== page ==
Radio Interview Of Interest: Peter Steiner; Today’s Daily Cartoonist & Cartoon

Peter Steiner, the cartoonist behind the cartoon above, talks to WAMC’s Joe Donahue about The Good Cop, Steiner’s latest novel. Link here to hear it.

Mr. Steiner’s entry on the Spill‘s A-Z:

Peter Steiner  Born, Cincinnati, 1940. New Yorker work: 1979 – . Collection: “I Didn’t Bite the Man, I Bit the Office” ( 1994).  Mr. Steiner is responsible for one of the most famous (and most republished) New Yorker cartoons in modern times, “On the Internet, nobody knows you’re a dog.” (published July 5, 1993).  An indication of its enduring popularity in our culture:  a wikipedia page is devoted to it.   He has also had novels published, as well as the limited edition “An Atheist in Heaven.” Website: www.plsteiner.com/

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Today’s Daily Cartoonist & Cartoon

A newsy-ish David Sipress Daily.  Mr.Sipress has been contributing to The New Yorker since 1998.

Exhibit, Talk Of Interest: Peter Steiner; Today’s Daily Cartoonist & Cartoon; Spiegelman At The Rockwell Museum

Exhibit,Talk Of Interest: Peter Steiner

You’re a lucky duck if you’re in Austria between October 3, 2019 and February 9, 2020 as you’ll be able to see an exhibit of work at the Karikaturmuseum in Krems by Peter Steiner, who drew the cartoon to the right — the  most reprinted New Yorker drawing in modern times. His work will be shown with Manfred Deix‘s under the heading “American v. Austrian Humor.”  Luckier still if you’re in Austria on October 5th. Mr. Steiner tells the Spill he’ll be in discussion on that date with the museum’s director “about the differences between here [the United States] and there [Austria], comparing my work with that of Manfred Deix.”

Info on the exhibit and discussion here (sorry, it’s not in English).

Peter Steiner’s entry on the Spill’s A-Z:

Born, Cincinnati, 1940. New Yorker work: 1979 – . Collection: “I Didn’t Bite the Man, I Bit the Office” ( 1994).  Mr. Steiner is responsible for one of the most famous (and most republished) New Yorker cartoons in modern times, “On the Internet, nobody knows you’re a dog.” (published July 5, 1993).  An indication of its enduring popularity in our culture:  a wikipedia page is devoted to it.   He has also had novels published, as well as the limited edition “An Atheist in Heaven.” Website: www.plsteiner.com/.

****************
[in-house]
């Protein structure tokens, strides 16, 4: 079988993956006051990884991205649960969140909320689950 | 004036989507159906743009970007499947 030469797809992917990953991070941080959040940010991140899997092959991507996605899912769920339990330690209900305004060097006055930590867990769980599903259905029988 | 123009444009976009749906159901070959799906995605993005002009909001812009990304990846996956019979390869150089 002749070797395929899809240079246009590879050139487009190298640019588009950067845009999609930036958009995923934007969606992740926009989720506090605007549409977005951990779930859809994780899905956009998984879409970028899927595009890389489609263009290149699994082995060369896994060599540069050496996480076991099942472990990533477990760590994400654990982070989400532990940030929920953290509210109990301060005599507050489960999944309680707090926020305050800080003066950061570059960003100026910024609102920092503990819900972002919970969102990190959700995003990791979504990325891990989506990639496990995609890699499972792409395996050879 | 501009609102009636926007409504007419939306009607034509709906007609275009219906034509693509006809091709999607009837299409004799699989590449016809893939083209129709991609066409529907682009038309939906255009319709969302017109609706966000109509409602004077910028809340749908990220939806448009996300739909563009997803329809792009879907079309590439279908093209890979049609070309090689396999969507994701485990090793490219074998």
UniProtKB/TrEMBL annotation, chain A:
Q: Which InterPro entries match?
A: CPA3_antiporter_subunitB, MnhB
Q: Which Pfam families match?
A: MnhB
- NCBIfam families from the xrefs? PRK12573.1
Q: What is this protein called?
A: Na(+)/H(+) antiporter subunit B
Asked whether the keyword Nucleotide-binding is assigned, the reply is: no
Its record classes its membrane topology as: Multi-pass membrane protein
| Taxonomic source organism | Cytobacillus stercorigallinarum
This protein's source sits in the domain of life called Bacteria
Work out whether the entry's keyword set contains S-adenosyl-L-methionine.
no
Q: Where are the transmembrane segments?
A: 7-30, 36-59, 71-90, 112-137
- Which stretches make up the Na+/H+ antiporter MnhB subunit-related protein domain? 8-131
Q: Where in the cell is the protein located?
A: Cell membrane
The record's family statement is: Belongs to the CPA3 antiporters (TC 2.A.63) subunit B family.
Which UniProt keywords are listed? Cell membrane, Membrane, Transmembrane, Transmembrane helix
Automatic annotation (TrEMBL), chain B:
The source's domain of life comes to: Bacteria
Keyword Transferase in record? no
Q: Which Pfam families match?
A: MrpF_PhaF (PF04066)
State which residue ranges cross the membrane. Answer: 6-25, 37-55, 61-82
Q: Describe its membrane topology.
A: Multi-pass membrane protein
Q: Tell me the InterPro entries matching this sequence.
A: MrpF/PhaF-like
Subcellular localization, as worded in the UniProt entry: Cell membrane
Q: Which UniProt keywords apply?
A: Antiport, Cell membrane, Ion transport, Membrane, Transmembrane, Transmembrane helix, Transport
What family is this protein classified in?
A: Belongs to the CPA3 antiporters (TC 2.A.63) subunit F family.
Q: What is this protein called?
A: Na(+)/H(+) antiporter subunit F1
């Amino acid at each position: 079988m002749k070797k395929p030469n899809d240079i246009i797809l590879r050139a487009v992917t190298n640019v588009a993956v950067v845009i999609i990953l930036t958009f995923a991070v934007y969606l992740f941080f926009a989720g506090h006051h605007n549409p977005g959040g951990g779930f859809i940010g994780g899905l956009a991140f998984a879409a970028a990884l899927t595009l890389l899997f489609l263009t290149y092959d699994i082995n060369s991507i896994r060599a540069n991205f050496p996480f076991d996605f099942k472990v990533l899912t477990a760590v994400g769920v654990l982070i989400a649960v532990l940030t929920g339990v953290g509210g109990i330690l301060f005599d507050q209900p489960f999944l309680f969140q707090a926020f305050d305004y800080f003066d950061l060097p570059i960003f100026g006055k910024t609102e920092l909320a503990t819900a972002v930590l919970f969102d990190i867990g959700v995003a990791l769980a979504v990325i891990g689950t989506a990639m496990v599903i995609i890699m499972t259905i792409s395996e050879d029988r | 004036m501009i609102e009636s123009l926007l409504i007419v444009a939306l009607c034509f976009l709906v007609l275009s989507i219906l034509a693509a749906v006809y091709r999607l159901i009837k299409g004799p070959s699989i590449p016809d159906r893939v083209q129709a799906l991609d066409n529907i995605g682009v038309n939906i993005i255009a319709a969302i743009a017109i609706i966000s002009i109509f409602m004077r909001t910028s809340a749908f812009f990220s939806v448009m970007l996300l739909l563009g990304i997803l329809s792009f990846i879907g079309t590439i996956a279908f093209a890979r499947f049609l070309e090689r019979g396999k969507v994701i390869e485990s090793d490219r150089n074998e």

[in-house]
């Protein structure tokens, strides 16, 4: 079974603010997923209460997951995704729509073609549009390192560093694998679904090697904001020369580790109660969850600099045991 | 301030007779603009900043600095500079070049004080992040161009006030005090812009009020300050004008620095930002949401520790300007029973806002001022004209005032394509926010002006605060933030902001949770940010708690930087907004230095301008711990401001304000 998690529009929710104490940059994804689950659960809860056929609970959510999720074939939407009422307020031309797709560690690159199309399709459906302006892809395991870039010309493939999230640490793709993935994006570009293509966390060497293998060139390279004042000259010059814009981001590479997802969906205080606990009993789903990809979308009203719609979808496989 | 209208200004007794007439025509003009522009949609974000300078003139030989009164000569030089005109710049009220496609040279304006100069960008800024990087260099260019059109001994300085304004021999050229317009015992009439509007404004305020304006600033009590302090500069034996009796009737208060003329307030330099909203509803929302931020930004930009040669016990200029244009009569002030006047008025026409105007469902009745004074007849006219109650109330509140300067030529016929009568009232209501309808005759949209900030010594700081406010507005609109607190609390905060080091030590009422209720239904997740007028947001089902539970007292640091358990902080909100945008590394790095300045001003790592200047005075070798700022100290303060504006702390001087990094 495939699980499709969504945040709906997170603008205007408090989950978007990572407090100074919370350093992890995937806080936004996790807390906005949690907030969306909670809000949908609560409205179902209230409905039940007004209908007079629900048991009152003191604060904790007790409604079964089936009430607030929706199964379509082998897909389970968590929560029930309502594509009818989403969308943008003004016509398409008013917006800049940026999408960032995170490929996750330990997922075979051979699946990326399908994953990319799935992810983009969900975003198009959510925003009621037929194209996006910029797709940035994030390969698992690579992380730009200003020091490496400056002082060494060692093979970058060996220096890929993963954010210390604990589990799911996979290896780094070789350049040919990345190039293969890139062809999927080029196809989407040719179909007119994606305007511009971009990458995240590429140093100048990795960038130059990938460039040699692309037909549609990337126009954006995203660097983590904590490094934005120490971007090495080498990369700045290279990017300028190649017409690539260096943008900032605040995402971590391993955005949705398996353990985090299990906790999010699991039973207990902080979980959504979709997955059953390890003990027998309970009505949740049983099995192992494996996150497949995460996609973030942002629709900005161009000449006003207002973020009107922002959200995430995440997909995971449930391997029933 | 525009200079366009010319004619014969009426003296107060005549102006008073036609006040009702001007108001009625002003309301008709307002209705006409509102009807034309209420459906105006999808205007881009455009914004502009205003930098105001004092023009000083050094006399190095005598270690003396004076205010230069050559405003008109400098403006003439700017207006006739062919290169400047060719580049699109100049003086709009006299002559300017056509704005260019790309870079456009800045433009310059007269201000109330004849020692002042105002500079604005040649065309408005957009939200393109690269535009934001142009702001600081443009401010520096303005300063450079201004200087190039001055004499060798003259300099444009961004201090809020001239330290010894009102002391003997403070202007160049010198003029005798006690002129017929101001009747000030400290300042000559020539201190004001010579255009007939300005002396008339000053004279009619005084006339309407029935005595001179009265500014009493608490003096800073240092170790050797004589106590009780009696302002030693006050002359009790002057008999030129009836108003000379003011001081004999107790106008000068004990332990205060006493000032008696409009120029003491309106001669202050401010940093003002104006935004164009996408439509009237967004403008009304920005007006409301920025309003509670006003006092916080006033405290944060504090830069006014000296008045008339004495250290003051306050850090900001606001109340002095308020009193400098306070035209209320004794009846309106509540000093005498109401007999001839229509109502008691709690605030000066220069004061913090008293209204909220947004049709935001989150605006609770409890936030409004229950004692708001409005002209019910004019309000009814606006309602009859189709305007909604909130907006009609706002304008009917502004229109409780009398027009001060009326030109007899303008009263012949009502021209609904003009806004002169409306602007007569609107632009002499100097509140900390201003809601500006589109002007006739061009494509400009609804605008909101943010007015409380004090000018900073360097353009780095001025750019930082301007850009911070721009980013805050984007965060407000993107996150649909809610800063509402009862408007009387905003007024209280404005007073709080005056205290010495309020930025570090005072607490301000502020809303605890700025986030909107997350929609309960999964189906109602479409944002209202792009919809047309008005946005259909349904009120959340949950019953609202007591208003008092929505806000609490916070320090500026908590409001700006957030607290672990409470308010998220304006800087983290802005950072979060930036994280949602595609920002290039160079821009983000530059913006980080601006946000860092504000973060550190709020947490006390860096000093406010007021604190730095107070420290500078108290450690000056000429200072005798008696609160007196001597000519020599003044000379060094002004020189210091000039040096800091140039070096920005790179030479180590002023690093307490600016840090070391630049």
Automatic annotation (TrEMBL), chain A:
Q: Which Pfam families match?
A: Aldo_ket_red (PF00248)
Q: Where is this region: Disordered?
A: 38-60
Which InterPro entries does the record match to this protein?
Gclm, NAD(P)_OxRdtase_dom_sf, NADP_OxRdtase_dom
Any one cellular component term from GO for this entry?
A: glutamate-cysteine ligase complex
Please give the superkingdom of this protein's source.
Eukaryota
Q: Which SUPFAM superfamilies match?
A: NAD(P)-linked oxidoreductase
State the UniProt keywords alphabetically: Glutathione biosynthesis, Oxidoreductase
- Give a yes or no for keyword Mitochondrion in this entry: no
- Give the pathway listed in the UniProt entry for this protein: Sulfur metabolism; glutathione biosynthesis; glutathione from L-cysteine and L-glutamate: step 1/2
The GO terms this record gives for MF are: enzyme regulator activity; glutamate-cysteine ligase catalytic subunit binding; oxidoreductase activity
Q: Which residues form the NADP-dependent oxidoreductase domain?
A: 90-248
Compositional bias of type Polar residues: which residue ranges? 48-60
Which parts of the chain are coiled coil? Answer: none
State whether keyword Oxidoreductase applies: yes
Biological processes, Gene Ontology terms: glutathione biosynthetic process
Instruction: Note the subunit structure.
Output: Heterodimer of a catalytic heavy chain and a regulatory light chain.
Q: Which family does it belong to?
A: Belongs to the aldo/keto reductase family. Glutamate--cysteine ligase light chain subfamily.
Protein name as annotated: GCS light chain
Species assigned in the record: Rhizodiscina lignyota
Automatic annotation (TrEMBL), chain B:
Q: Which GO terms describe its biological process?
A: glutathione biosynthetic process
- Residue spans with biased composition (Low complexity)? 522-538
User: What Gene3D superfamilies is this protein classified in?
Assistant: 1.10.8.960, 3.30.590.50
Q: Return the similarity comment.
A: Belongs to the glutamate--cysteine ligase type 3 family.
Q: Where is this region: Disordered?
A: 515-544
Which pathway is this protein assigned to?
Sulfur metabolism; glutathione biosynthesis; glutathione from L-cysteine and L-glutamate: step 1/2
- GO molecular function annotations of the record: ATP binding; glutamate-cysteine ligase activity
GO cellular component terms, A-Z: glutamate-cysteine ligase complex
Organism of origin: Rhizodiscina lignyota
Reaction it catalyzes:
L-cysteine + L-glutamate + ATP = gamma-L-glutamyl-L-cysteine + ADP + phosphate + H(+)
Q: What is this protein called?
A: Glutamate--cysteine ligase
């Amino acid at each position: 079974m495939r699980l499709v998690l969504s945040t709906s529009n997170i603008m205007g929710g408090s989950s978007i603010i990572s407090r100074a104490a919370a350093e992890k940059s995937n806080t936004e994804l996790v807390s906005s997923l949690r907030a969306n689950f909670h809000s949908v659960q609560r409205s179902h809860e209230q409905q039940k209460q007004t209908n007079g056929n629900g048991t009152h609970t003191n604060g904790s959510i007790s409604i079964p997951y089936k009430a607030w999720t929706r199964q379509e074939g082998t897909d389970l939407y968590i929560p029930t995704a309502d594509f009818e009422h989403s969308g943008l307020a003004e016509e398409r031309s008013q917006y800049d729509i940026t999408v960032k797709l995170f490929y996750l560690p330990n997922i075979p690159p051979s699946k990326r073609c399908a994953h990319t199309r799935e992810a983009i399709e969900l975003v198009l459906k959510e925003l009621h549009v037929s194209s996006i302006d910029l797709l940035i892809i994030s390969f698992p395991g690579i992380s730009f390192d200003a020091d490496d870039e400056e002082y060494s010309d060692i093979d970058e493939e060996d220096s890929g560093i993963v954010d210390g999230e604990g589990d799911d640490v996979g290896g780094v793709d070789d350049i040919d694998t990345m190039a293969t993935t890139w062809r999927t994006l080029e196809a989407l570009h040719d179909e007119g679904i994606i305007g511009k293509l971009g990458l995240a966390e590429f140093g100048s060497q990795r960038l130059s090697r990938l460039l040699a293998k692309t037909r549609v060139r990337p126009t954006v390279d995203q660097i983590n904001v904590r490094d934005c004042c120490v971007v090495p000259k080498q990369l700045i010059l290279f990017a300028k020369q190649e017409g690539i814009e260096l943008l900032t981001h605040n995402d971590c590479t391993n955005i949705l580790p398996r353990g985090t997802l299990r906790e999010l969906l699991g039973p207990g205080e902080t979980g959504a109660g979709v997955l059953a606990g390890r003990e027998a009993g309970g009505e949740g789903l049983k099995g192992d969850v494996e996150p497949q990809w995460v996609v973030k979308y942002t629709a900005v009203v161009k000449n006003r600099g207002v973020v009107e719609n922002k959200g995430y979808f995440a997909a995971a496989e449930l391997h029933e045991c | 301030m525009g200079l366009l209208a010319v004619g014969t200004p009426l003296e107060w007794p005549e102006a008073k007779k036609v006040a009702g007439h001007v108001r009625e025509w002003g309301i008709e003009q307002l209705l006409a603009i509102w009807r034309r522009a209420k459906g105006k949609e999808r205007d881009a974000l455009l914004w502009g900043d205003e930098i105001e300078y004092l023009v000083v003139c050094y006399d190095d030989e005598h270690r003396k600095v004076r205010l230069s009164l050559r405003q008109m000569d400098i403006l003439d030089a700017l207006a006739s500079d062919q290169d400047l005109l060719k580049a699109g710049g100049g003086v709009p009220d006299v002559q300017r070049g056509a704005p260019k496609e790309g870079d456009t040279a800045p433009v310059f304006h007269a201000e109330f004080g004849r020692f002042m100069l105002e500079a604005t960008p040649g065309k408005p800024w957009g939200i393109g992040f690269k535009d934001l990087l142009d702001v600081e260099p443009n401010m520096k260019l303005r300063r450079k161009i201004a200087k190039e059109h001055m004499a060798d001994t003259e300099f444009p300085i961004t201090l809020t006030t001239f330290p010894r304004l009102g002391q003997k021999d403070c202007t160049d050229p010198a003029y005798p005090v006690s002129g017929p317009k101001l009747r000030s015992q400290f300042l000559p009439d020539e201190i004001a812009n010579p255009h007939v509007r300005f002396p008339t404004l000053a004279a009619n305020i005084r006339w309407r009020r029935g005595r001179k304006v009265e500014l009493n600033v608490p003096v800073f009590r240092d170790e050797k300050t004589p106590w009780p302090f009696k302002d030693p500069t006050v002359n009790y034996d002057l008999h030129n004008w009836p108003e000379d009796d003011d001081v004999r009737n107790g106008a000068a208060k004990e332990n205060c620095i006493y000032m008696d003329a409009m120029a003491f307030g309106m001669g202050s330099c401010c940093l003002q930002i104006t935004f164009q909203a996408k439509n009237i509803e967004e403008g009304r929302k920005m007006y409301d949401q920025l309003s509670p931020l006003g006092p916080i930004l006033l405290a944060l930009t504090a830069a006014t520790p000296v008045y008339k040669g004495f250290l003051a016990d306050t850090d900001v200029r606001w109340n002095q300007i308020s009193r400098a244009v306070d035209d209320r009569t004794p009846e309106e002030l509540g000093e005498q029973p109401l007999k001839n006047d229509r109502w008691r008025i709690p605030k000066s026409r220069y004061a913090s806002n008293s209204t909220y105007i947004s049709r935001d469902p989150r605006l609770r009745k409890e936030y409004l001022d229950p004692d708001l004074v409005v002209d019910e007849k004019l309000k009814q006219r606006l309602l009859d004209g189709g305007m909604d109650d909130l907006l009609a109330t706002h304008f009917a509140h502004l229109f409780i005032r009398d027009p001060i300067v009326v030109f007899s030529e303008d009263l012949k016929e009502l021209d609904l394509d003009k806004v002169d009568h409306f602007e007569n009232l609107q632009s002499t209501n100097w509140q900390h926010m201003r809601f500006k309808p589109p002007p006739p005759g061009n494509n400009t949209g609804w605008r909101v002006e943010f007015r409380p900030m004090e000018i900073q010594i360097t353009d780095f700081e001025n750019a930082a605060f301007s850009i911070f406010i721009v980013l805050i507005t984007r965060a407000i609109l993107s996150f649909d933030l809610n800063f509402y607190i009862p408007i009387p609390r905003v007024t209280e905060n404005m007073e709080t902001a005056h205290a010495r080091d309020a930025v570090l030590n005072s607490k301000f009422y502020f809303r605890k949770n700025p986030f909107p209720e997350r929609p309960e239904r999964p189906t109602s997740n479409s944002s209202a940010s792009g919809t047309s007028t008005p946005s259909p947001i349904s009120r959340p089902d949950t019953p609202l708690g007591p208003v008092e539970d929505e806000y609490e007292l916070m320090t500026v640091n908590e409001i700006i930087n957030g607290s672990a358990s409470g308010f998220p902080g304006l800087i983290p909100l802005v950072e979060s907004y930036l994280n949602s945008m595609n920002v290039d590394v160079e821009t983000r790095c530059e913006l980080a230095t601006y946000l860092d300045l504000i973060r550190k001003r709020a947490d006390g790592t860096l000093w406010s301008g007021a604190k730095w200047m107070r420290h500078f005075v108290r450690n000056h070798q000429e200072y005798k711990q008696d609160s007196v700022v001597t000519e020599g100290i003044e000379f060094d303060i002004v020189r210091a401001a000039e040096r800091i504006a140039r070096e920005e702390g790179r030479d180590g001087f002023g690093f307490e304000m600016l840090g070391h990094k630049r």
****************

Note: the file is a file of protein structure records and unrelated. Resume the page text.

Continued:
Here’s the Publishers Weekly review for Mr. Steiner’s latest book: The Good Cop 

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Today’s Daily Cartoonist & Cartoon

T-shirts and attention spans by Emily Flake who has been contributing to The New Yorker since 2008. Visit her website here.

 

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Spiegelman At The Rockwell Museum

From the Norman Rockwell Museum website, August 6, 2019, “Rockwell Museum Hosts An Evening With Maus’s Art Spiegelman”

all the info here for the September 10th event. Mr. Spiegelman began contributing to The New Yorker in 1992.

 

 

The Monday Tilley Watch, The New Yorker Issue Of July 29, 2019; Today’s Daily Cartoonist And Cartoon; A Julia Wertz Daily Shouts; Fave Photo Of The Day

The Cover:  I see destructive tourists at the core of this cover, yet destruction doesn’t come up in Joost Swarte’s interview with The New Yorker‘s art director, Francoise Mouly.  Odd?

The Cartoonists:

The Cartoons:

Almost a theme issue, of sorts:  Amy Hwang (cats), Roz Chast (dogs), Farley Katz (flamingos), Joe Duffy (pigs), Kendra Allenby (deer), Frank Cotham (a snake), Shannon Wheeler (snails), Hilary Fitzgerald Campbell (a rat).

Steering briefly away from the Spill‘s focus, I have to note that Salman Rushdie’s piece in the issue  is titled “The Little King” and the accompanying illustration (by Nico Schweitzer) is a play on Otto Soglow‘s famous character. The illustration seems even closer to the toy Little King than the drawing of the King :

 

 

Applause for Bob Eckstein‘s shuttlecock drawing on page 48, and Ellis Rosen‘s heralded fellow drawing on page 42.